Greater satisfaction in public services than in government
Trust in government fell 28 percentage points from 63 per cent to 35 per cent over a five-year period
OECD research found that the Irish public had a higher degree of satisfaction in public services than in government. Photograph: David Sleator/The Irish Times
Ireland suffered the greatest fall in confidence in government across the OECD between 2007 and 2012, according to a report on public governance published by the economic organisation.
Reflecting a decline in trust experienced in the countries hardest hit by the economic crisis the Government at a Glance 2013 report finds that trust in government in Ireland fell 28 percentage points from 63 per cent to 35 per cent over the five-year period.*
Speaking at the launch of the report, OECD secretary-general Angel Gurría called for strong leadership and urgent action to address the deficit. “Without strong leadership, supported by effective policies, trust is easily eroded, he said.
Mr Gurria said good governance means “putting the needs of people at the centre of policy-making.”
“Building back trust is crucial to implement the necessary structural and fiscal reforms that are key to restoring growth and promoting well-being,” he said.
The OECD report measures the performance across the organisation’s 34 member countries through more than 50 indicators ranging from the provision of public services to open government.
It confirms a persistent gender gap in the public sector across the OECD where women still occupy only an average of 40 per cent of middle management and just 29 per cent of more senior posts.
While figures were not available on the numbers of women in the wider public service here, Ireland fell behind Italy, Portugal, Mexico and France at government level with only 14.3 per cent of ministers who are women. This figure compared with a much higher OECD average of 24.9 per cent.
The research found that the Irish public had a higher degree of satisfaction in public services than in government. Significantly ahead of the OECD average of 51 per cent, 62 per cent of respondents in Ireland expressed satisfaction and confidence in the judicial system and 74 per cent expressed confidence in the gardaí - ahead of the OECD average of 72 per cent.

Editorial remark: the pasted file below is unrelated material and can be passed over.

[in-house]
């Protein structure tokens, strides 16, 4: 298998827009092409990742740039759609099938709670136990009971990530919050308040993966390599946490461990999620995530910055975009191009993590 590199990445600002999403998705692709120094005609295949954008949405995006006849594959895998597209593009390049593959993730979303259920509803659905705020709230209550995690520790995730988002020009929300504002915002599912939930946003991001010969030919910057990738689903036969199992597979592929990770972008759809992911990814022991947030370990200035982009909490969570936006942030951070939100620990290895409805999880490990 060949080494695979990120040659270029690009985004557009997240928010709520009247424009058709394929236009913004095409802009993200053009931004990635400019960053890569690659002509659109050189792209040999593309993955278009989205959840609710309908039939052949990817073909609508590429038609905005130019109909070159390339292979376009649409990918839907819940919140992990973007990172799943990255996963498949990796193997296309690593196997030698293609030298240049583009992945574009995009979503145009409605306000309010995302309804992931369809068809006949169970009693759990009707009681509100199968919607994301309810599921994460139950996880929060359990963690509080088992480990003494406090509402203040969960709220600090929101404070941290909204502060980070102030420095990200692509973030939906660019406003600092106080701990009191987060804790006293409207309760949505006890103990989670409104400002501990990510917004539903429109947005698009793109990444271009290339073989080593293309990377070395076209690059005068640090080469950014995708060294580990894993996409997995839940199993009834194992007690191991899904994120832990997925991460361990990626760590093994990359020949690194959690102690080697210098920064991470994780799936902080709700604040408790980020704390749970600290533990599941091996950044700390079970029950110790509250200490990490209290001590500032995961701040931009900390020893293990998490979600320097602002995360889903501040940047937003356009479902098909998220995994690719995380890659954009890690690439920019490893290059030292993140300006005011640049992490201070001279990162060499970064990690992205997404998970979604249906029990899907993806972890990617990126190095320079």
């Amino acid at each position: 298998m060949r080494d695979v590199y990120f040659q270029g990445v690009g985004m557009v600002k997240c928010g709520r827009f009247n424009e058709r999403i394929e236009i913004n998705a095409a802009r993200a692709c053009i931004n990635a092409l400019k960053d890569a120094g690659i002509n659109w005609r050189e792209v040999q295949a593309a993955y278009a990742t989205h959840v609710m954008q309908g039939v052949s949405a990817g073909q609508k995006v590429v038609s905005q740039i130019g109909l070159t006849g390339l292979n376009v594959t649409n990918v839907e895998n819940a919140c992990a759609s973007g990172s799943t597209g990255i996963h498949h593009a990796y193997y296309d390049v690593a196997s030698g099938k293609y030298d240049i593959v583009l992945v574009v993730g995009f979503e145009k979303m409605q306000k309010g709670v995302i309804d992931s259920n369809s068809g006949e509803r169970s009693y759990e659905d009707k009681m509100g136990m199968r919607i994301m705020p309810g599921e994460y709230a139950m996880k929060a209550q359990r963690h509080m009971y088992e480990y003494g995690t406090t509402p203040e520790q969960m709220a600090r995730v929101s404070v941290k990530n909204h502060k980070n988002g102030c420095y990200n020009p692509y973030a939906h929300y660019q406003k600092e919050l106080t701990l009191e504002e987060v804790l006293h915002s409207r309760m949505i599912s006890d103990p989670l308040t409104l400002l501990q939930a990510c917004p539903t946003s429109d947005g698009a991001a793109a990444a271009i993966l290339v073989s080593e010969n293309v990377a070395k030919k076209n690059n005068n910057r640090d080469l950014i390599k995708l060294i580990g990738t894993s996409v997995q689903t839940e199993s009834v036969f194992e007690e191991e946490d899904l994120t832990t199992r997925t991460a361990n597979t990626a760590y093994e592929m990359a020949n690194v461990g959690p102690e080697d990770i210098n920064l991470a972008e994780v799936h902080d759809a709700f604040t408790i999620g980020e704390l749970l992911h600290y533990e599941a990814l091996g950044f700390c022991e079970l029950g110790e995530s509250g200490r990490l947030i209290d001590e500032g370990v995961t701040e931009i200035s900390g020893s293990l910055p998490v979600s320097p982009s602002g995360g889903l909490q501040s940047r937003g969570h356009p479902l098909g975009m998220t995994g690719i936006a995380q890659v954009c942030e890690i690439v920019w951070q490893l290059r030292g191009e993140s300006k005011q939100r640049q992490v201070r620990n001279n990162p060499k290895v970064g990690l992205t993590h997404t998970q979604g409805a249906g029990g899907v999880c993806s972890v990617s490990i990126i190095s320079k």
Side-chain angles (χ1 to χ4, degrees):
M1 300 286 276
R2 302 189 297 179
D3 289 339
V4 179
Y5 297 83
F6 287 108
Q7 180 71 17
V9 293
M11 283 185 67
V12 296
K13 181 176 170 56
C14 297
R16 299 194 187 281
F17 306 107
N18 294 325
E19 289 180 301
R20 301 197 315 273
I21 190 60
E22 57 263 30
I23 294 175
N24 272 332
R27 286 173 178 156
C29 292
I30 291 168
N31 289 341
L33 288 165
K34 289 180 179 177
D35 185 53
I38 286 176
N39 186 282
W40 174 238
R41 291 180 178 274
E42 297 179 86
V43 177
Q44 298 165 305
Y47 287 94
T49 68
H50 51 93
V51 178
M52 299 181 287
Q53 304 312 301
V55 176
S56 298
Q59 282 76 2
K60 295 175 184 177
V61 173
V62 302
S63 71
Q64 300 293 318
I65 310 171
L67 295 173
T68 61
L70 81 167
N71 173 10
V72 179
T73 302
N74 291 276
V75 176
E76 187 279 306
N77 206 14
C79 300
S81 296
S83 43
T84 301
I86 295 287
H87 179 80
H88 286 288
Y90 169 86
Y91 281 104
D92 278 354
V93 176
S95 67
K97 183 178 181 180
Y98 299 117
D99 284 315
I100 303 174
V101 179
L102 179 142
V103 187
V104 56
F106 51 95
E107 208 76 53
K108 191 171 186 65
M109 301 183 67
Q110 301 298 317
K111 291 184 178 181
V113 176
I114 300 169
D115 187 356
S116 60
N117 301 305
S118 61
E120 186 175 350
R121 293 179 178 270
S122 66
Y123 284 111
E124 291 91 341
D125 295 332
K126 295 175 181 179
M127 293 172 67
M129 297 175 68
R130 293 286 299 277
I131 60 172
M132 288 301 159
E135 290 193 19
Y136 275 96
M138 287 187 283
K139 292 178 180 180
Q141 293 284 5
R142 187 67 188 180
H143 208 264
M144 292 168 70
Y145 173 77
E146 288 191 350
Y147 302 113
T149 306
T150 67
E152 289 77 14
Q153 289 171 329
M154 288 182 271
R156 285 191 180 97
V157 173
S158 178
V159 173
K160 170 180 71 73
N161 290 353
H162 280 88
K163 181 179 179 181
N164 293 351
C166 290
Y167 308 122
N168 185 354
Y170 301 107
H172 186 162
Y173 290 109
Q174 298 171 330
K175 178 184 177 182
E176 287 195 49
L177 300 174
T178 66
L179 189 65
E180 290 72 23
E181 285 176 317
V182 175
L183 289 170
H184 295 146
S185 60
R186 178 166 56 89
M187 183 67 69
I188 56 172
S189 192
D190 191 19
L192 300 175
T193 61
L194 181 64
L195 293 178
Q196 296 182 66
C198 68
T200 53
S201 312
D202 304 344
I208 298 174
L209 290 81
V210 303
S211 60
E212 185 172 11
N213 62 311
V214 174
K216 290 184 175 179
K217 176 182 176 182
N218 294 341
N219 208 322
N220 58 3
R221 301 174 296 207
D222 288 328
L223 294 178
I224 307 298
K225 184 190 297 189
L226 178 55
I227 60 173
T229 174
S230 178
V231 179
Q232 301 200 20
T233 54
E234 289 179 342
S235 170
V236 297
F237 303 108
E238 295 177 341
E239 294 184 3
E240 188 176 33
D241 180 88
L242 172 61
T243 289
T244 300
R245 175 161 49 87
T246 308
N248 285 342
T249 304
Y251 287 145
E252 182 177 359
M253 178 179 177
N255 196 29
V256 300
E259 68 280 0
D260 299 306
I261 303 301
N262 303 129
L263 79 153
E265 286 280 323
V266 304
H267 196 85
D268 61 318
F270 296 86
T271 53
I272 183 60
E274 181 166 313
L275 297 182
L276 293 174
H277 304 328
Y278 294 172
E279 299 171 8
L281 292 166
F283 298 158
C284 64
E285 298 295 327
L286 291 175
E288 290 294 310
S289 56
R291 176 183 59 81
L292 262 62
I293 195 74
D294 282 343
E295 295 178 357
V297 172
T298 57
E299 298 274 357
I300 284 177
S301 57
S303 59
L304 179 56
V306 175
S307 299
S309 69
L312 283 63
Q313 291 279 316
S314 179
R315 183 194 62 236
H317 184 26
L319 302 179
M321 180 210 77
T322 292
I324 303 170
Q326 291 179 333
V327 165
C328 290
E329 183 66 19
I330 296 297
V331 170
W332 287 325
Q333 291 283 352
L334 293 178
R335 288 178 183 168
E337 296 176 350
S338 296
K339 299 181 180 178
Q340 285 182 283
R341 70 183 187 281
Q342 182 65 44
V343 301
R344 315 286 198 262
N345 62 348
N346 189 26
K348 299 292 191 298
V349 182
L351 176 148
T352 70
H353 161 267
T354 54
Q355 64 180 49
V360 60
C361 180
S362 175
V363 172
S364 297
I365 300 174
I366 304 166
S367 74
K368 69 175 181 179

Despite a fall of 7 percentage points since 2007, Ireland had the highest level of satisfaction in the education system and schools at 82 per cent. This compares with a 78 per cent satisfaction rating in the UK, 65 per cent satisfaction in Sweden and an OECD average of 66 per cent.
Ireland saw a drop of 4 percentage points in satisfaction with the availability of quality health care from 68 per cent in 2007 to 64 per cent in 2012. Switzerland recorded the highest satisfaction rating with 94 per cent in 2012, an increase from 92 per cent in 2007.
In summary, the report calls for an enhanced role for citizens and the notion of a social contract between citizens and the state where citizens contribute not only by paying taxes and obeying the law but by co-operating in the design and implementation of public policies.
At institutional level, it says governments need to be more inclusive, transparent, receptive and efficient. To do so, it says governments need to deliver high quality services to their citizens, provide open and transparent data and stabilise their respective economies.
* This article was amended on Saturday, November 16th, 2013, to change "fell 28 per cent" to "fell 28 percentage points"